To demonstrate how incremental changes can conserve energy in existing buildings, the Environmental Protection Agency (EPA) highlights 1900 K Street, a 13-story government office building in Washington, D.C. Within three years, facility managers raised the energy performance score of calibrated controls, installed light motion sensors and a variable frequency drive, reprogrammed the building’s energy management system and upgraded a chiller.
As a result, the building saved $1.09 per square foot in energy costs and reports an annual CO2 emission reduction of 46 million pounds.
Older buildings bleed energy through poorly insulated walls and windows. Others require equipment upgrades to maintain a high level of energy efficiency. To keep your buildings operating as efficiently as possible, the EPA recommends five steps:
1. Analyze the Building
Mike Zatz, the market sectors group chief in the EPA’s Energy Star program, recommends an evaluation of any major building system that is more than 15 or 20 years old. Energy audits identify multiple ways to reduce operating costs by examining the HVAC system controls and building envelopes.
According to Buddy Gregory, the facilities and risk manager for the town of Castle Rock, Colo., the physical characteristics of the building, and the age, condition and energy efficiency of the various systems can affect the building’s efficiency. “The professional can determine how much energy is being used by each building system and accurately predict what it will cost to retrofit the building,” he says.
If air leaks persist, consider a blow test, which involves the use of high-powered fans and interior and exterior pressure readings. An evaluation will identify which areas need additional sealing.
2. Install More Energy-Efficient Lighting
Don’t replace your cooling unit just yet. “It is important to look at improvements to lighting and plug load before assessing and replacing large HVAC systems, like the boiler or chiller,” Zatz says. By doing so, you ensure that the correct size of equipment is installed.
According to Gregory, many older buildings are wired with energy-draining incandescent bulbs, as well as high-energy transformers, electrical distribution panels and processing equipment. “It’s often cheaper to replace the entire light fixture with one that uses compact fluorescent (CFL) or LED lighting,” he says. “Even if new light fixtures are slightly more expensive, the quick payback in energy savings can be well worth the investment.”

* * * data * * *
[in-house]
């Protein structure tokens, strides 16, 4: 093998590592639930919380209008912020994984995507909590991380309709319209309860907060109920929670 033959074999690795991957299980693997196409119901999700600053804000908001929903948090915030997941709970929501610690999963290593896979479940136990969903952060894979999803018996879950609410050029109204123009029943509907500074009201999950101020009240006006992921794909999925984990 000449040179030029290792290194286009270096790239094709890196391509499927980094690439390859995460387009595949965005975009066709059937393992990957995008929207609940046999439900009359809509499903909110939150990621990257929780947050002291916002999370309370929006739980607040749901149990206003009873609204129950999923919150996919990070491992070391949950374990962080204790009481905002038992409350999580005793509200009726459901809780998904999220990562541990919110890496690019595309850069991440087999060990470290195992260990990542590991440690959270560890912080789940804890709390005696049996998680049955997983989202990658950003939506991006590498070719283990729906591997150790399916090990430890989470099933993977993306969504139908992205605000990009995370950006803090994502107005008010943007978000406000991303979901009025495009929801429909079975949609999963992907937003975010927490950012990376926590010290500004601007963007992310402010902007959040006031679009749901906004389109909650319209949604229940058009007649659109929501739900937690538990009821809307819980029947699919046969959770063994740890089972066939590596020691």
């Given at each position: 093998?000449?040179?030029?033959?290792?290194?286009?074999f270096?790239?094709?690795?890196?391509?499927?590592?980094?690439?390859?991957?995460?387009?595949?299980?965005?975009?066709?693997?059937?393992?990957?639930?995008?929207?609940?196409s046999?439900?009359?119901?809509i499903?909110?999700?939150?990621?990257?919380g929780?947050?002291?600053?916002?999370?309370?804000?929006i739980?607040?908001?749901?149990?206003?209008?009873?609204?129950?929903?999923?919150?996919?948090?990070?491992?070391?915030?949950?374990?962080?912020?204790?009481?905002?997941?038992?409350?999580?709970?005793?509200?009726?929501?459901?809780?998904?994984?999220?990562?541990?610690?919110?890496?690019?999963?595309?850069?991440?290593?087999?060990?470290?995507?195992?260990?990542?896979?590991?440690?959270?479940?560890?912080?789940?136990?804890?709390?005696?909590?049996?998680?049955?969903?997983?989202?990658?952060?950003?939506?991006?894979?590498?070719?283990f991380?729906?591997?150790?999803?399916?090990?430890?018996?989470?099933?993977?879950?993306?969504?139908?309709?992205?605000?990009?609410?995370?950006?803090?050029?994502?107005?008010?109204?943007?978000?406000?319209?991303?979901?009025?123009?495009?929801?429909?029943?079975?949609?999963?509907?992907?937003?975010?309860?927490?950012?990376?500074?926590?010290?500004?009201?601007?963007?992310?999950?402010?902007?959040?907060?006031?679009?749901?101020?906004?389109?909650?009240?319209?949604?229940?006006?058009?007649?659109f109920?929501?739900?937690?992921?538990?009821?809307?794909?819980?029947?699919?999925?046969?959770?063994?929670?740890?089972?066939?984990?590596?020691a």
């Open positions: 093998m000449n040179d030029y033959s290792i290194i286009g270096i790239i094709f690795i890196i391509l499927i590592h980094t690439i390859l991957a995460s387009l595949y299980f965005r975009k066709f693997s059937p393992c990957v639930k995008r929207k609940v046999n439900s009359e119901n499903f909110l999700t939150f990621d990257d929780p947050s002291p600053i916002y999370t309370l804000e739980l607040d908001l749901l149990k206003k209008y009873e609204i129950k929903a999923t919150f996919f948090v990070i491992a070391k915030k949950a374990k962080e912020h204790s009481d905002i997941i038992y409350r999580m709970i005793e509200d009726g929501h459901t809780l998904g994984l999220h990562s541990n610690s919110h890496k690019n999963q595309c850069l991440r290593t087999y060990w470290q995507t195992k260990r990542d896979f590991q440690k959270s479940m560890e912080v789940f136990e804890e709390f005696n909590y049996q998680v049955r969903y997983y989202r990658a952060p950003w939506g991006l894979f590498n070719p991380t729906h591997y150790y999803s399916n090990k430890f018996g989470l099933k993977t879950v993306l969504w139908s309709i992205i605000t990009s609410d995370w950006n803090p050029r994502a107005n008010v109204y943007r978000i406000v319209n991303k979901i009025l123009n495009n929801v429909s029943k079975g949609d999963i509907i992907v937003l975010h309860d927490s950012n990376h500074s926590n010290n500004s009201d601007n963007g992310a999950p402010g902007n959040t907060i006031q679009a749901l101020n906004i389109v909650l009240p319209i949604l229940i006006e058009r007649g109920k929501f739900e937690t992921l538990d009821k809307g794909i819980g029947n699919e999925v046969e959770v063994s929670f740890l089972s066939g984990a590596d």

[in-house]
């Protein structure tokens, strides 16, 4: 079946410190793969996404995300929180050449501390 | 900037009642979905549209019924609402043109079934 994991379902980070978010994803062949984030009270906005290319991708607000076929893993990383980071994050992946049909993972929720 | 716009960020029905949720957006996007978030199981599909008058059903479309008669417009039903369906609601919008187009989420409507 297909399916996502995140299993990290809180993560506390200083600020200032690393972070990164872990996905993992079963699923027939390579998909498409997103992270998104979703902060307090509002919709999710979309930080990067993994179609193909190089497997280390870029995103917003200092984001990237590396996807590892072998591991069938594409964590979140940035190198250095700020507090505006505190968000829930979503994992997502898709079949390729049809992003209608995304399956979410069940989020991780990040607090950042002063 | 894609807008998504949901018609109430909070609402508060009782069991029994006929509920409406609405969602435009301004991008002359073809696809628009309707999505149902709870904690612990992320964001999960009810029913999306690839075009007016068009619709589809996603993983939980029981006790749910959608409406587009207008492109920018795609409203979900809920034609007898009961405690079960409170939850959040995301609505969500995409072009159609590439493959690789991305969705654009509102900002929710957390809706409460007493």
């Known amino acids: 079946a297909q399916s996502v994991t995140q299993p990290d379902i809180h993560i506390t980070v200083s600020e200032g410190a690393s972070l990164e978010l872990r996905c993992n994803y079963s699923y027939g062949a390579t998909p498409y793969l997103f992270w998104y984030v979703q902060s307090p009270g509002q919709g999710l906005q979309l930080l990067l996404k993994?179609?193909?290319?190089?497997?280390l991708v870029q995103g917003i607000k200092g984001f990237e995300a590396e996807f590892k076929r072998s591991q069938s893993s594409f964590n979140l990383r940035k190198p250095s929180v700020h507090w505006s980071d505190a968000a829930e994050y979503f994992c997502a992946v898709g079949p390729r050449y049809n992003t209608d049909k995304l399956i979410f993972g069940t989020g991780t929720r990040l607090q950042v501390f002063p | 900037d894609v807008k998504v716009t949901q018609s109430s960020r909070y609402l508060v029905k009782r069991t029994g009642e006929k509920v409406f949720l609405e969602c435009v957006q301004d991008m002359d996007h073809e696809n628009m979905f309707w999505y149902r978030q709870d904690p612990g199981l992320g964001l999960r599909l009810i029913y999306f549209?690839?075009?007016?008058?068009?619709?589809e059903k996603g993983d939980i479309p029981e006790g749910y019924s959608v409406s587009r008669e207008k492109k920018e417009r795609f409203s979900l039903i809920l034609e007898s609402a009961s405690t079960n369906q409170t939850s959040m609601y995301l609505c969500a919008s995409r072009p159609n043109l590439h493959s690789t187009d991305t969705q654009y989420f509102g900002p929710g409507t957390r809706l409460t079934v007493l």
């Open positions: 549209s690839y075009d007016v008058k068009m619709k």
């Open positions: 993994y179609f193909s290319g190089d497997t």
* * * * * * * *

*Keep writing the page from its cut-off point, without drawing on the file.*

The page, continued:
The installation of occupancy sensors, coupled with more efficient equipment, will lower the overall heat generated in the space, thereby reducing the net cooling load in the summer.
3. Replace or Retrofit Inefficient Equipment
“Heating, cooling and electrical systems use the bulk of the energy in older buildings,” Gregory says. But small changes to them can make a substantial difference.
For example, he was able to save his town $5,000 to $10,000 per year by replacing a 20-year-old, 1.0-million BTU boiler for the swimming pool in a recreation center with a heat exchanger that uses only 0.50-million BTUs. “Our energy costs will be cut in half,” Gregory says, “and the new heat exchanger is able to heat the water much quicker and can maintain more consistent water temperatures than the old boiler.”
When boiler replacement isn’t feasible, insulating hot-water distribution lines and installing a combustion monitoring and control system to trim excess air are options.
4. Improve Insulation
If buildings aren’t maintained as they age, doors that lose energy through the air spaces around the frame, as well as drafty single-pane windows, might need to be replaced.
Gregory says, “Sealing off air leaks around windows, doors and electrical outlets provides a quick, inexpensive way to get an immediate payback on energy and cost savings.”
If the rooftop is the biggest source of leakage, consider adding rigid board insulation next to the outside surface of the roof or fiberglass batts inside the roof or to attic floors.
Also, there are numerous ways to insulate existing windows. Window films can be retrofitted — and can be applied directly to the interior surfaces of all types of glass — to reduce heat gain from solar radiation. Adding window films saves energy by improving the balance of heating and cooling systems and allowing HVAC downsizing.
5. Implement Energy Saving Campaigns
“We believe that most buildings can achieve at least a 10 percent reduction in energy use,” Zatz says, “largely through behavioral changes and operations and maintenance improvements.”
Gregory implemented a public awareness campaign for less than $5,000 that yielded $62,000 in savings within nine months. Stickers placed on all light switches and posters in key locations reminded people to turn off lights, computers and appliances they weren’t using. “We also changed to digital programmable thermostats and implemented new energy conservation indoor temperature standards for heating and cooling seasons,” he says.
Instead of imposing new regulations, Gregory thought the program would be more effective if participation was voluntary, and the decision seems to have paid off.
Be sure to join the Lowe’s ProServices LinkedIn Group to read additional content and interact with other Construction/Trade and MRO professionals.